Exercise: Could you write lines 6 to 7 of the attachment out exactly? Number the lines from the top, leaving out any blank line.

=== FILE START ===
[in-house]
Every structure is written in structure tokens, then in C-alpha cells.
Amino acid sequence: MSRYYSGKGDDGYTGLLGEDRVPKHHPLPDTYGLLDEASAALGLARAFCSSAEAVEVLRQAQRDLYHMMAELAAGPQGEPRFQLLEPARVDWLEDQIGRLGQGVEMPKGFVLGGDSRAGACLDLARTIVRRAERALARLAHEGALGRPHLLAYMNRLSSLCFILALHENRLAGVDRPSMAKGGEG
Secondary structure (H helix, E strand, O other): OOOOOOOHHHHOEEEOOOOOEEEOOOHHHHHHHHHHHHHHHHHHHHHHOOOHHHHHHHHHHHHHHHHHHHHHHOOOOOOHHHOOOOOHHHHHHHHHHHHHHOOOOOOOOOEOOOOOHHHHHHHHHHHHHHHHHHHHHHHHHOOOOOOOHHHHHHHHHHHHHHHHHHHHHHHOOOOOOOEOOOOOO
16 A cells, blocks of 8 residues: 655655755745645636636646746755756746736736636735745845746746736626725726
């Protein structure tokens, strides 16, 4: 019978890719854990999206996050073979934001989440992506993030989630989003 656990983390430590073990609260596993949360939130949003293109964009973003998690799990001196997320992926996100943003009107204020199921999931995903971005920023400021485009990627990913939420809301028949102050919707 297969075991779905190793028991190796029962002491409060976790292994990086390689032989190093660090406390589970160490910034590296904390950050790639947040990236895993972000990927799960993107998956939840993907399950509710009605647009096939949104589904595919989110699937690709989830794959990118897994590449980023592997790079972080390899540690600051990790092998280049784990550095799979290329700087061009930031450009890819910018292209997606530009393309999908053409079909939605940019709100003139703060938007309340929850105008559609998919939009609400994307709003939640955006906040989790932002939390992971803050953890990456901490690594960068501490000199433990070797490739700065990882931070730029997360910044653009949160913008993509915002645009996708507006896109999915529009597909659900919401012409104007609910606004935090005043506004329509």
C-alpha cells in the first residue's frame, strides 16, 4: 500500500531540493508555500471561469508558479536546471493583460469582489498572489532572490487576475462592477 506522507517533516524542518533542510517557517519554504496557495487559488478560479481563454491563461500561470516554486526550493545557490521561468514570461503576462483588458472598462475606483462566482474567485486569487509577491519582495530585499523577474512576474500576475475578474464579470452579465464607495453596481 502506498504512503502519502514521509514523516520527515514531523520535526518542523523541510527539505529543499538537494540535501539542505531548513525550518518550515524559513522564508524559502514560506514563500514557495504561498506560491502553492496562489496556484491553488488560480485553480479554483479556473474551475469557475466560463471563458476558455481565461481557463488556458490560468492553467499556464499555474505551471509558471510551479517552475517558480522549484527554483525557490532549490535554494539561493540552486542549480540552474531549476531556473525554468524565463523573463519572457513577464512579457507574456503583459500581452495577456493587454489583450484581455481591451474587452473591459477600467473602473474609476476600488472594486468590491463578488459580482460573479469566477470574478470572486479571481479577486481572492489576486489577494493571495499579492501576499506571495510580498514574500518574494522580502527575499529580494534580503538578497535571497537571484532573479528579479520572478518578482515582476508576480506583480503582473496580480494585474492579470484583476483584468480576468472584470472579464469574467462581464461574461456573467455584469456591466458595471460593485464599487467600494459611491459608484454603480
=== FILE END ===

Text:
């Protein structure tokens, strides 16, 4: 019978890719854990999206996050073979934001989440992506993030989630989003 656990983390430590073990609260596993949360939130949003293109964009973003998690799990001196997320992926996100943003009107204020199921999931995903971005920023400021485009990627990913939420809301028949102050919707 297969075991779905190793028991190796029962002491409060976790292994990086390689032989190093660090406390589970160490910034590296904390950050790639947040990236895993972000990927799960993107998956939840993907399950509710009605647009096939949104589904595919989110699937690709989830794959990118897994590449980023592997790079972080390899540690600051990790092998280049784990550095799979290329700087061009930031450009890819910018292209997606530009393309999908053409079909939605940019709100003139703060938007309340929850105008559609998919939009609400994307709003939640955006906040989790932002939390992971803050953890990456901490690594960068501490000199433990070797490739700065990882931070730029997360910044653009949160913008993509915002645009996708507006896109999915529009597909659900919401012409104007609910606004935090005043506004329509």
C-alpha cells in the first residue's frame, strides 16, 4: 500500500531540493508555500471561469508558479536546471493583460469582489498572489532572490487576475462592477 506522507517533516524542518533542510517557517519554504496557495487559488478560479481563454491563461500561470516554486526550493545557490521561468514570461503576462483588458472598462475606483462566482474567485486569487509577491519582495530585499523577474512576474500576475475578474464579470452579465464607495453596481 502506498504512503502519502514521509514523516520527515514531523520535526518542523523541510527539505529543499538537494540535501539542505531548513525550518518550515524559513522564508524559502514560506514563500514557495504561498506560491502553492496562489496556484491553488488560480485553480479554483479556473474551475469557475466560463471563458476558455481565461481557463488556458490560468492553467499556464499555474505551471509558471510551479517552475517558480522549484527554483525557490532549490535554494539561493540552486542549480540552474531549476531556473525554468524565463523573463519572457513577464512579457507574456503583459500581452495577456493587454489583450484581455481591451474587452473591459477600467473602473474609476476600488472594486468590491463578488459580482460573479469566477470574478470572486479571481479577486481572492489576486489577494493571495499579492501576499506571495510580498514574500518574494522580502527575499529580494534580503538578497535571497537571484532573479528579479520572478518578482515582476508576480506583480503582473496580480494585474492579470484583476483584468480576468472584470472579464469574467462581464461574461456573467455584469456591466458595471460593485464599487467600494459611491459608484454603480